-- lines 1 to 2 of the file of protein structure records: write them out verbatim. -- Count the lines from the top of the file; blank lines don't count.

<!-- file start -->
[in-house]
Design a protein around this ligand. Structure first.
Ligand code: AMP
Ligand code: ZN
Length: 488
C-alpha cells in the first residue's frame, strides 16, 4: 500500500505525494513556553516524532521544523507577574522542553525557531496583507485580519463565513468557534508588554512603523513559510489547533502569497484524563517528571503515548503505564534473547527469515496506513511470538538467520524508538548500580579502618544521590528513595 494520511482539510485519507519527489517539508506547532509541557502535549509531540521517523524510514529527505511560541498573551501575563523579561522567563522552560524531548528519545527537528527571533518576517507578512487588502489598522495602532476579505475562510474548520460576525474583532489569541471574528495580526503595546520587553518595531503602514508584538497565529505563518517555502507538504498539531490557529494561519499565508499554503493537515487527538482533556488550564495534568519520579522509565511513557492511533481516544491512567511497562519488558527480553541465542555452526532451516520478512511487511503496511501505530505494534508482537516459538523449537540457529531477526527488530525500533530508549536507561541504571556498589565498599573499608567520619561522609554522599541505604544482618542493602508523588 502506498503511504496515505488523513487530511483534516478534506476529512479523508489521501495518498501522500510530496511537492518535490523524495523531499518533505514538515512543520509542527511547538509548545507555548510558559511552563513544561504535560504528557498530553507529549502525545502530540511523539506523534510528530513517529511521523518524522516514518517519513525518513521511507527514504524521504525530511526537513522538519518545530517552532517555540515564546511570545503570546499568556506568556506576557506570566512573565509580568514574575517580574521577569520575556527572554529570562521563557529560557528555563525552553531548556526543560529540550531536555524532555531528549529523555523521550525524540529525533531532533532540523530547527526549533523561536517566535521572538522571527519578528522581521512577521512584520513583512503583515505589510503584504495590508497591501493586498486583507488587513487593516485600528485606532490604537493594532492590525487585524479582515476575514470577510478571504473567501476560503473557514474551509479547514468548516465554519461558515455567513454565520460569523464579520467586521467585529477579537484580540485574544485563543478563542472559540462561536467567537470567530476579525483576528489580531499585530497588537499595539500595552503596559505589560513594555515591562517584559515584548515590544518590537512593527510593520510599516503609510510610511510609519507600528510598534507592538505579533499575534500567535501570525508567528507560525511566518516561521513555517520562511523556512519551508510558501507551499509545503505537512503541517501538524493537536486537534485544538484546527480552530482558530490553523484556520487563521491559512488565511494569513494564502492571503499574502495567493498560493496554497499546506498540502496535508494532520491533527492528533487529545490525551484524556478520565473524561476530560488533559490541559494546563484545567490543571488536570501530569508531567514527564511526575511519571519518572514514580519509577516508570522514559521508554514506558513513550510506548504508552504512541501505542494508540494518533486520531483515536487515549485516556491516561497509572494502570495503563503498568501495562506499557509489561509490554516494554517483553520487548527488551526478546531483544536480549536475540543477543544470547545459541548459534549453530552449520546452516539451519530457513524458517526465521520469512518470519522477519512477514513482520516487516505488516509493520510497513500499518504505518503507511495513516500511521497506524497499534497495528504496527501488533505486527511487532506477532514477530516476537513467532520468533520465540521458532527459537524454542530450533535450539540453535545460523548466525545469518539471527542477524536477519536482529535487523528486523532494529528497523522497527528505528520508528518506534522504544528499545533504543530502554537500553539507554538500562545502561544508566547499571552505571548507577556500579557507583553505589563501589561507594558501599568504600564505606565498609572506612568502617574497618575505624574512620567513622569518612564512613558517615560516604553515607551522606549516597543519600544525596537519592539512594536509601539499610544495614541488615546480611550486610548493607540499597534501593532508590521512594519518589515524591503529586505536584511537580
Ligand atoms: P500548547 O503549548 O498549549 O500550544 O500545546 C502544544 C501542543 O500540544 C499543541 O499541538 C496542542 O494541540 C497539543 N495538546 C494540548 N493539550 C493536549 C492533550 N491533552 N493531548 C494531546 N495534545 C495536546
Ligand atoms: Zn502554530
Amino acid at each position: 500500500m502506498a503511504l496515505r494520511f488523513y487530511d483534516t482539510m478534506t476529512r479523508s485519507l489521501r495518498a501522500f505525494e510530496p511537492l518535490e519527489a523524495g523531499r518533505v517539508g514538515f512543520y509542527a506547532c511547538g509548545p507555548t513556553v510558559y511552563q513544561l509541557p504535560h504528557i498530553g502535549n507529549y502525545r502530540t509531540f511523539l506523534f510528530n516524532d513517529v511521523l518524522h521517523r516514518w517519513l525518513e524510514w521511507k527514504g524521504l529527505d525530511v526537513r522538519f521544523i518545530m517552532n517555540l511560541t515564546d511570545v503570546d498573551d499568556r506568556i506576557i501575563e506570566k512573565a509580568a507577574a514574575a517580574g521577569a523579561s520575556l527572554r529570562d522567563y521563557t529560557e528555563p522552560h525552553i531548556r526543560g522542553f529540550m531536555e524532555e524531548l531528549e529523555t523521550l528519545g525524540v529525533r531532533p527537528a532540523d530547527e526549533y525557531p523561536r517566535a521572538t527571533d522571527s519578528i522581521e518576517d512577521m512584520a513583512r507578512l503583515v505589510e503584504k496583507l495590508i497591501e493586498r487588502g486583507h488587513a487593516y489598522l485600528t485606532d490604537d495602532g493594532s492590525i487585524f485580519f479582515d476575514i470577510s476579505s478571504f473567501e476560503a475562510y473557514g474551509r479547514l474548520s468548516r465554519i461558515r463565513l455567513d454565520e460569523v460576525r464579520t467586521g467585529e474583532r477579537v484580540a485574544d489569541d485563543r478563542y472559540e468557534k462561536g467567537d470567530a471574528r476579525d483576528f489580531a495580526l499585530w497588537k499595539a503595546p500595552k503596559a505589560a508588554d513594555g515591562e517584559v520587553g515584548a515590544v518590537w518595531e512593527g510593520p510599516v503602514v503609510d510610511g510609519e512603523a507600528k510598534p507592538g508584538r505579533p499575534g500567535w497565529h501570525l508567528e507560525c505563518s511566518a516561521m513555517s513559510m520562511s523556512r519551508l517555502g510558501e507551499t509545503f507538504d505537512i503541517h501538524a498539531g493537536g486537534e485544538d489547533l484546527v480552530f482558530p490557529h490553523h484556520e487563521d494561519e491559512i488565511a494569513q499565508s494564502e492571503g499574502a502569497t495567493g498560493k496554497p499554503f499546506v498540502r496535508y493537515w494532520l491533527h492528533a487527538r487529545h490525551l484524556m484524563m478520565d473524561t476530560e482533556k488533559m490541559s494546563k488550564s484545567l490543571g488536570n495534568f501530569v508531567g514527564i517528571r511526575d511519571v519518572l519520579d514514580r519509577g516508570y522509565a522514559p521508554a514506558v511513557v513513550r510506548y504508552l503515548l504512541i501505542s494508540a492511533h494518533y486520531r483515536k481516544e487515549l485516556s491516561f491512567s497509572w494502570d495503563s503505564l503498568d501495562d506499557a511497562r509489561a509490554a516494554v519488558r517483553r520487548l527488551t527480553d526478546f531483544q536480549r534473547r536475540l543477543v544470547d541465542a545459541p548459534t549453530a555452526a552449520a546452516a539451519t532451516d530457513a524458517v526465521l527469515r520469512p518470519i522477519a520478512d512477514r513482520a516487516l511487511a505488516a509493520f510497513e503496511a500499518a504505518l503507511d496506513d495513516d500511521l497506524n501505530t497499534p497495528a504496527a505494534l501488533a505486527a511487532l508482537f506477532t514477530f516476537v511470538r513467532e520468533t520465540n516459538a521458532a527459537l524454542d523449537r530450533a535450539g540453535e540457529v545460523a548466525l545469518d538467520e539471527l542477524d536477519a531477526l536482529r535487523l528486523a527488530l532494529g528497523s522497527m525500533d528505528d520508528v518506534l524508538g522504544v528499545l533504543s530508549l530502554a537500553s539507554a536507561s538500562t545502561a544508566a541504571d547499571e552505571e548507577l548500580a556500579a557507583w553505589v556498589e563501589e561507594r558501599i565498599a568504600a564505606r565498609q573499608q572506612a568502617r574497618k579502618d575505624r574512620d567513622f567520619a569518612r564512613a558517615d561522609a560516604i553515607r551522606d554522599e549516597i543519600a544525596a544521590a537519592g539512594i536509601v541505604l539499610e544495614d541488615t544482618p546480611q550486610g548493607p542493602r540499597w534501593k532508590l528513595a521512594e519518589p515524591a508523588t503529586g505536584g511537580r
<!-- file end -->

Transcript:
[in-house]
Design a protein around this ligand. Structure first.